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William REEVES, Appellant v. HARBOR AMERICA CENTRAL, INC., Appellee
In this second appeal of a trial court's denial of a motion to dismiss under the Texas Citizens Participation Act (“TCPA”), we consider whether the Act applies to claims for breach of an employment agreement containing non-compete, non-solicitation, and confidentiality provisions, misappropriation of trade secrets, conversion, and breach of fiduciary duty. Because we hold that the TCPA applies to all of the non-movant's claims, we reverse the trial court's order and remand the cause for further proceedings.
Appellee Harbor America Central, Inc. is a professional employer organization that provides human resources functions and staff leasing services to companies. Appellant William Reeves began working for Harbor America in 2006 as an independent contractor. In 2007, Reeves became an employee of Harbor America.
At that time, the parties entered into an employment agreement, which contained non-compete, non-solicitation, and confidentiality provisions. In the Covenant Not to Solicit, Reeves agreed, in relevant part, that “while employed by [Harbor America] and ․ for a period of one (1) year following the termination of his employment”—defined as the “Non-Solicitation Period”—Reeves would not “solicit the business of, or perform services, in competition with or in a manner that could reasonably be expected to adversely affect [Harbor America] ․ or otherwise interfere with [Harbor America's] relationship with, any Client, or prospective Client” during the Non-Solicitation Period. Reeves also agreed during the Non-Solicitation Period and “thereafter for as long as [he remained] a consultant to [Harbor America]” not to “hire or solicit any employee, consultant or independent sales agent of [Harbor America] away from [Harbor America] or encourage any such [person] to leave such employment or relationship.” The agreement's Confidential Information provision prohibited Reeves from disclosing to anyone or using for his own purposes or the benefit of any other person or corporation Harbor America's confidential information, defined as “trade secrets ‘know-how’ and other proprietary information,” including client lists, during the Non-Solicitation Period.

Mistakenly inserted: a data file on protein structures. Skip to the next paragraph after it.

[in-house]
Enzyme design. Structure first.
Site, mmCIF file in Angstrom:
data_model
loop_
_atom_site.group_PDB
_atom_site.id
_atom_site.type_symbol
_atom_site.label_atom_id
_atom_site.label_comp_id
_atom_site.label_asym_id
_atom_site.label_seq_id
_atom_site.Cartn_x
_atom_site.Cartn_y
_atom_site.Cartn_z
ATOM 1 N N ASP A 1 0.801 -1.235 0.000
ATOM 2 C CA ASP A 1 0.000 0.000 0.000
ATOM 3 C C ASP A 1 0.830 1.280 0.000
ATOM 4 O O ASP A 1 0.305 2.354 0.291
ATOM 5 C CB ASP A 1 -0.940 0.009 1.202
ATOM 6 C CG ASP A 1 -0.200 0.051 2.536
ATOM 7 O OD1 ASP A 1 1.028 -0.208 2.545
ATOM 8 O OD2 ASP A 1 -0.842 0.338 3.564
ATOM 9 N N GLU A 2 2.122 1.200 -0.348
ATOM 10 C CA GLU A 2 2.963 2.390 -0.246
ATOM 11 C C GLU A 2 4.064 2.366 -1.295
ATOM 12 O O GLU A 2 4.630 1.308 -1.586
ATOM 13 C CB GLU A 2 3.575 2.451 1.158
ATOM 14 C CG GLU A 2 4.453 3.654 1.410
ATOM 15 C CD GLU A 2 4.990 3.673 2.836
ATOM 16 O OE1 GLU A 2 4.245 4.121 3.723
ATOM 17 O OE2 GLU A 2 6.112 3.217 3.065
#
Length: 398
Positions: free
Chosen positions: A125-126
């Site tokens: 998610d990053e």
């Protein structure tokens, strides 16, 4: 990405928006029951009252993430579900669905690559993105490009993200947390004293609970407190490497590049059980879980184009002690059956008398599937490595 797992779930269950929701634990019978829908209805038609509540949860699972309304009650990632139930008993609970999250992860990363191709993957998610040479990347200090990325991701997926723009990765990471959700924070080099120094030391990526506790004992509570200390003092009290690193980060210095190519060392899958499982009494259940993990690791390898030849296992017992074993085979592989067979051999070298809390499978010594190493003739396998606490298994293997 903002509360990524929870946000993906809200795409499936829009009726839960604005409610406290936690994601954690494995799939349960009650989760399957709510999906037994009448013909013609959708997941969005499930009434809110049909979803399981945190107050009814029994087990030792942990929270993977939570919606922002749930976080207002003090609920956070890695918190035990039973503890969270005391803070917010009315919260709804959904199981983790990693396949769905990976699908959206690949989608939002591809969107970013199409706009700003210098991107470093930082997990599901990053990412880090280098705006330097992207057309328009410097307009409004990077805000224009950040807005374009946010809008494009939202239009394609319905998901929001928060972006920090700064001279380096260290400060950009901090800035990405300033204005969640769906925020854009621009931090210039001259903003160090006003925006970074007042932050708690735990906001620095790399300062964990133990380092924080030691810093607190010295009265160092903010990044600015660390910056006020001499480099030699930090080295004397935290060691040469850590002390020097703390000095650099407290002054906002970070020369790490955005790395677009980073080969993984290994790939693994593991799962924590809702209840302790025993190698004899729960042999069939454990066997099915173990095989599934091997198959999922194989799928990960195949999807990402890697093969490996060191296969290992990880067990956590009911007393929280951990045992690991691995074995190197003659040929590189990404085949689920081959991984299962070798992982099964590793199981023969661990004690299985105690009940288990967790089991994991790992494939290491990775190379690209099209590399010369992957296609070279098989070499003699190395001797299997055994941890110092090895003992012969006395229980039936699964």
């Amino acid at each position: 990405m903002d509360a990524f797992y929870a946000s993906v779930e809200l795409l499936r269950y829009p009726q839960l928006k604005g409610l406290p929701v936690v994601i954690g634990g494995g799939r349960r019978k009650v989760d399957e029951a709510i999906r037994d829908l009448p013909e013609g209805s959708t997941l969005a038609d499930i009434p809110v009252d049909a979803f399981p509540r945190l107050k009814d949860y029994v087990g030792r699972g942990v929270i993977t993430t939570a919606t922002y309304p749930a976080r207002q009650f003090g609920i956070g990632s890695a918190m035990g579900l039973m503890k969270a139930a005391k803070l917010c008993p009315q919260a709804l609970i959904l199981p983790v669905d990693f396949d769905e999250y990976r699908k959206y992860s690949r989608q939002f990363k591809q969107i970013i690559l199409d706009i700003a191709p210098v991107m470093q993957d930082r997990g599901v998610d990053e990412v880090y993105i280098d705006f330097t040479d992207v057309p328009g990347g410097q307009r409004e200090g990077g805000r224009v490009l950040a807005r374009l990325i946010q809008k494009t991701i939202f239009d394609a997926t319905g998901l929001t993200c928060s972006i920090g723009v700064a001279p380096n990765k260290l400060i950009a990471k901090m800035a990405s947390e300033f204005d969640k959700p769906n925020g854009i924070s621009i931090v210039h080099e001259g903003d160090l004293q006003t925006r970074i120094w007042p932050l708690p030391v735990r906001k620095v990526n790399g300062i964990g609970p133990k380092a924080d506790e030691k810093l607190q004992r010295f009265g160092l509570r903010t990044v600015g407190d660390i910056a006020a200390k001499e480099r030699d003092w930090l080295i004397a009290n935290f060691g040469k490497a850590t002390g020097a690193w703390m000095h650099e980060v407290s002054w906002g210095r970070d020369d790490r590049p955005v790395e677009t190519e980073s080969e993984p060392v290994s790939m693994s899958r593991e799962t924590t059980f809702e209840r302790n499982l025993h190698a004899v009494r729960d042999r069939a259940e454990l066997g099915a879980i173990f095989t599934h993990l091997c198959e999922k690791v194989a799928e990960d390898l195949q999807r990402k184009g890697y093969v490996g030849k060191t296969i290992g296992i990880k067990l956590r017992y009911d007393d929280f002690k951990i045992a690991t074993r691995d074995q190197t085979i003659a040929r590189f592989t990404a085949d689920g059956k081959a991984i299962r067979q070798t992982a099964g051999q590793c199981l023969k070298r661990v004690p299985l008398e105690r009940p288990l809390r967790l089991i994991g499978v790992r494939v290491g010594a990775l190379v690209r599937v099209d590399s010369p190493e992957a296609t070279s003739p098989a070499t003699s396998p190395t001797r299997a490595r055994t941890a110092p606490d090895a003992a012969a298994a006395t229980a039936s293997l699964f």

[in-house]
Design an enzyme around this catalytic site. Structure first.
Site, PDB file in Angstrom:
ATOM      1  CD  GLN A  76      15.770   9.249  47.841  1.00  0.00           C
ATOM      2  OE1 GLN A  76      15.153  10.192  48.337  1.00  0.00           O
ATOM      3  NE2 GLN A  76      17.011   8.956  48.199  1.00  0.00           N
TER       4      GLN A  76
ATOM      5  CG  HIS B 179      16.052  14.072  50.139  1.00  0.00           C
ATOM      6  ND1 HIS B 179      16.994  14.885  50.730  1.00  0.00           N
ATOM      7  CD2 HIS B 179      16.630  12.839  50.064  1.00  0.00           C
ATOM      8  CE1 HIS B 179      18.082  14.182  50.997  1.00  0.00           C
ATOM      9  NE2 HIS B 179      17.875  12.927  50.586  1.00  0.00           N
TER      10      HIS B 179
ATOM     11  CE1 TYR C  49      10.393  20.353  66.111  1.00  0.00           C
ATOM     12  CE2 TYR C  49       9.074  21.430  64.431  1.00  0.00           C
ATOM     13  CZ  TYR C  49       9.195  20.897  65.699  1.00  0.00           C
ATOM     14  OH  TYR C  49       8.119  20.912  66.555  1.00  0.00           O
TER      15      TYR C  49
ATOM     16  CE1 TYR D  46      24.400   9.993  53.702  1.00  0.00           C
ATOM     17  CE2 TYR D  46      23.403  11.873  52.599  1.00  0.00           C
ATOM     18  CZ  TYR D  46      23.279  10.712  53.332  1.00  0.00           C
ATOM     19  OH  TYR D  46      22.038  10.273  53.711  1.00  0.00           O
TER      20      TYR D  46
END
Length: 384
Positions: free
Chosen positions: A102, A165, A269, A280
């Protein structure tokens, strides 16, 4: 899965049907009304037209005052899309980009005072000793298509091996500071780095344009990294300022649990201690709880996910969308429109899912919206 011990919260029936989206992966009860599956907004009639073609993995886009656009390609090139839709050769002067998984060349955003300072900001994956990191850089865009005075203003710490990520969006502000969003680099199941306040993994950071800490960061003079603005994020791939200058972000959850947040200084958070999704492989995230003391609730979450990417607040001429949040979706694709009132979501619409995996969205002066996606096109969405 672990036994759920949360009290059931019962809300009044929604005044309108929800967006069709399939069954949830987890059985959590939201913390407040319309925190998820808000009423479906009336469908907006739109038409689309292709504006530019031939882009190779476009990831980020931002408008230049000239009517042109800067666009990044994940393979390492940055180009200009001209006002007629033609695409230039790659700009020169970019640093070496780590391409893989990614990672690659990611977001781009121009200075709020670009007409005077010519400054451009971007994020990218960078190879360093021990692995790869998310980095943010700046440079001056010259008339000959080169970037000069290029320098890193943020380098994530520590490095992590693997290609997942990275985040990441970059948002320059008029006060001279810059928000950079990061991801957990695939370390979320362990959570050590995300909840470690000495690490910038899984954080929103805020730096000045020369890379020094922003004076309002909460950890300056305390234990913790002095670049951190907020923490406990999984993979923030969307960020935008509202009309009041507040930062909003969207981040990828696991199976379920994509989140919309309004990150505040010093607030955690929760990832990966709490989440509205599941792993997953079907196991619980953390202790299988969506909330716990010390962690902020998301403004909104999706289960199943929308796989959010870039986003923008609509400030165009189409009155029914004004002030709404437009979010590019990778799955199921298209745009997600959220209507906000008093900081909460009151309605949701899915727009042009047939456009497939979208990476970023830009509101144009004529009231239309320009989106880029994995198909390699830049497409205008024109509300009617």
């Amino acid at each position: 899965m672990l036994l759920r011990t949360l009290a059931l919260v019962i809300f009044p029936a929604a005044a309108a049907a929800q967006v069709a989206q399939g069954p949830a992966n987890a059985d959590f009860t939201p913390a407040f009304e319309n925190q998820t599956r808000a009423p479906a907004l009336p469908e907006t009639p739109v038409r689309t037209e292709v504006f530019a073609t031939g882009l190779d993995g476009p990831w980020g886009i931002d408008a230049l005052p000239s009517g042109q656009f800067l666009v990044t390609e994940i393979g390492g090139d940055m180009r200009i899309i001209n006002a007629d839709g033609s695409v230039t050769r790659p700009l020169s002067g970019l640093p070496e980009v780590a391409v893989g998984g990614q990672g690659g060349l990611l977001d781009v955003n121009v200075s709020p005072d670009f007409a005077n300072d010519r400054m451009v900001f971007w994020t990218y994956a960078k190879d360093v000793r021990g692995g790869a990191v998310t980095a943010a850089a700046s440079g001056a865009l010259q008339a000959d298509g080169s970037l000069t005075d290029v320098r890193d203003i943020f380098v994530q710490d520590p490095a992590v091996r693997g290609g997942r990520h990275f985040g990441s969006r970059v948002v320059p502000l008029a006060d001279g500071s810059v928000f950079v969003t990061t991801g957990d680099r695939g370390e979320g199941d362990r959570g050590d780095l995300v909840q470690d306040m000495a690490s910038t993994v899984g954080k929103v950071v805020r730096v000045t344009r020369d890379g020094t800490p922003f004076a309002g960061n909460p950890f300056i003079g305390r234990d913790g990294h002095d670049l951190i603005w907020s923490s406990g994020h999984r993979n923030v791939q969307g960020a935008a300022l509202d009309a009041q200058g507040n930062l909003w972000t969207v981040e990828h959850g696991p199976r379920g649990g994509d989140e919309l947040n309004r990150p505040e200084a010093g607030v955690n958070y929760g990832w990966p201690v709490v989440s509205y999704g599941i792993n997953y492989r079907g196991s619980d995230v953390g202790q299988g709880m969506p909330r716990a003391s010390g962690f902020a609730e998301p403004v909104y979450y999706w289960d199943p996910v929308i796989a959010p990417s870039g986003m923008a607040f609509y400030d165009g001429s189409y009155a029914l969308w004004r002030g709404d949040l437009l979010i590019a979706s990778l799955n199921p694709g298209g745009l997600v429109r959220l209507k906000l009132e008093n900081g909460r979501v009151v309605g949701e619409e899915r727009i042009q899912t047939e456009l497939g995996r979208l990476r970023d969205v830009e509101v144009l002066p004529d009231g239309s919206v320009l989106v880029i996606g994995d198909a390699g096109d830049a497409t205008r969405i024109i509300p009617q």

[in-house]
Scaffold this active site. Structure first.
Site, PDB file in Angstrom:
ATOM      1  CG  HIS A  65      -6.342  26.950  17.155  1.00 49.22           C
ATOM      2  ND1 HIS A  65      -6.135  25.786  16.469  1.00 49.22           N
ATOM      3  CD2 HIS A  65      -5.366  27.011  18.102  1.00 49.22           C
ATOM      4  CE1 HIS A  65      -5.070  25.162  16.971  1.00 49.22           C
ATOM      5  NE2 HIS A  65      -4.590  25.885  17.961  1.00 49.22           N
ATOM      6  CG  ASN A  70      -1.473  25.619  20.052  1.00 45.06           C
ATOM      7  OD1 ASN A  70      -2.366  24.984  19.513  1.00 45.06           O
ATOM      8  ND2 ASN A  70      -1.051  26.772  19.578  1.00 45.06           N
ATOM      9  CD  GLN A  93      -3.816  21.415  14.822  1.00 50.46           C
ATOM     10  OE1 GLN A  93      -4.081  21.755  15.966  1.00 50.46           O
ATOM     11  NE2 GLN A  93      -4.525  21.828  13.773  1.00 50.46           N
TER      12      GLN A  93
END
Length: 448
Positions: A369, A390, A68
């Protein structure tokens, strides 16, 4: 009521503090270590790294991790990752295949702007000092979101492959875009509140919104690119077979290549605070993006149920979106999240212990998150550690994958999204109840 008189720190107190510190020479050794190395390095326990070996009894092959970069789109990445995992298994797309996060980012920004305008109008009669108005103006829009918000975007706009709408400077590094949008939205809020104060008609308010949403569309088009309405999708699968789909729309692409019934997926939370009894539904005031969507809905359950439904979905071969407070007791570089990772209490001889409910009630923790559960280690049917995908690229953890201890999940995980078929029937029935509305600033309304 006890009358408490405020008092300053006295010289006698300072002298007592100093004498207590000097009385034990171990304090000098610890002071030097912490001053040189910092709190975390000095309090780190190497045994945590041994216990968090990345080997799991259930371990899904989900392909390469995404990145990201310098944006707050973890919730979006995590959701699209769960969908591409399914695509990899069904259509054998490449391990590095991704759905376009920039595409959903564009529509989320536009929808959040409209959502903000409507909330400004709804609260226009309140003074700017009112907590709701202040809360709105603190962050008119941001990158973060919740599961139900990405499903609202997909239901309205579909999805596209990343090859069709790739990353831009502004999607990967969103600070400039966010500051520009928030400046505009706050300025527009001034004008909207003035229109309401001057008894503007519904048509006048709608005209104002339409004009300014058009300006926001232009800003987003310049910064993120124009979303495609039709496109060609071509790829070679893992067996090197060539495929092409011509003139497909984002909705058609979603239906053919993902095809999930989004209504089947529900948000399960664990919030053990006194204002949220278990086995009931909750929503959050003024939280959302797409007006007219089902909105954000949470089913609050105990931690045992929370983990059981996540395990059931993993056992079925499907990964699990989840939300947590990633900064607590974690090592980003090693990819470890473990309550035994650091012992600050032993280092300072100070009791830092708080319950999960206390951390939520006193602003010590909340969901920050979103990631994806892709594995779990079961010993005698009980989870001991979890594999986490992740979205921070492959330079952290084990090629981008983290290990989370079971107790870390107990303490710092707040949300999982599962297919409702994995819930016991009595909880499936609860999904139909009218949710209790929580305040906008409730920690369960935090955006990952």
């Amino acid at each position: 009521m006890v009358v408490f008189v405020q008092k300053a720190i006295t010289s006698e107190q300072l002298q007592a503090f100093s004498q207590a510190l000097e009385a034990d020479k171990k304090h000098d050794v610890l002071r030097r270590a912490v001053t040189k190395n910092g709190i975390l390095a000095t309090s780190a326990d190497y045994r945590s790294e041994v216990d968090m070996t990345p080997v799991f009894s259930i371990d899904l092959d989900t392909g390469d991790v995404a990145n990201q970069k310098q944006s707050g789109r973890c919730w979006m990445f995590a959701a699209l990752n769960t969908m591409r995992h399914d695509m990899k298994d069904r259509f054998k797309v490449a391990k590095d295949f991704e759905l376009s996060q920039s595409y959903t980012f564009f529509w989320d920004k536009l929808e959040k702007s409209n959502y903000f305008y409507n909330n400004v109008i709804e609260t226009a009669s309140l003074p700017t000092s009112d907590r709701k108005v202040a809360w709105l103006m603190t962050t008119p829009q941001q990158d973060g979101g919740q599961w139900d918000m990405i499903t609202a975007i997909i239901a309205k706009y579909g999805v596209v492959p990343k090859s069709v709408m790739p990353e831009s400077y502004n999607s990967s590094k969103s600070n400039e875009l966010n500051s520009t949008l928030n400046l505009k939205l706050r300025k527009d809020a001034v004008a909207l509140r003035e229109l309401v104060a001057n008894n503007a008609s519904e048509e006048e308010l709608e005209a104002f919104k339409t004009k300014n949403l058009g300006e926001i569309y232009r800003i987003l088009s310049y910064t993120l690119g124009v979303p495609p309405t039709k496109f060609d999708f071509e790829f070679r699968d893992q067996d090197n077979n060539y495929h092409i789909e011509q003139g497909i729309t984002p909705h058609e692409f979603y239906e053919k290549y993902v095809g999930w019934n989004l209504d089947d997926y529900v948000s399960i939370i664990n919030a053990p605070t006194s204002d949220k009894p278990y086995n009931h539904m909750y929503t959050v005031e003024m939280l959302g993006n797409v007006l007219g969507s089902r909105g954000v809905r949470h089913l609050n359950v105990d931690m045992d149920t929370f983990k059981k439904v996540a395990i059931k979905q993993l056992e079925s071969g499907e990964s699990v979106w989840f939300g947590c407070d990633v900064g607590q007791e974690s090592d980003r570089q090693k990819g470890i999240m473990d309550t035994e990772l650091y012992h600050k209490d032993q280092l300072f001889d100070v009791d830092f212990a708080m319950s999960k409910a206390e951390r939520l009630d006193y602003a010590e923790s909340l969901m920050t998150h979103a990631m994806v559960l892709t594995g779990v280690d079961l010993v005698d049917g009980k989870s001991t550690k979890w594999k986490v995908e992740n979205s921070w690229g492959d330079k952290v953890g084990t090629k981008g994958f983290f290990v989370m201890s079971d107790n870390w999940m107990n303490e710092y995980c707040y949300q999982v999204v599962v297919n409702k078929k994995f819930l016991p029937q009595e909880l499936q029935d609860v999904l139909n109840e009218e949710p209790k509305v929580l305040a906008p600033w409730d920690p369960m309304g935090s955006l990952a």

The employment agreement also provided that, if mutually agreed upon, Reeves could convert from an employee to an independent contractor. If Reeves became an independent contractor, Harbor America agreed to pay Reeves certain residual commissions, which were to be calculated under a predetermined formula.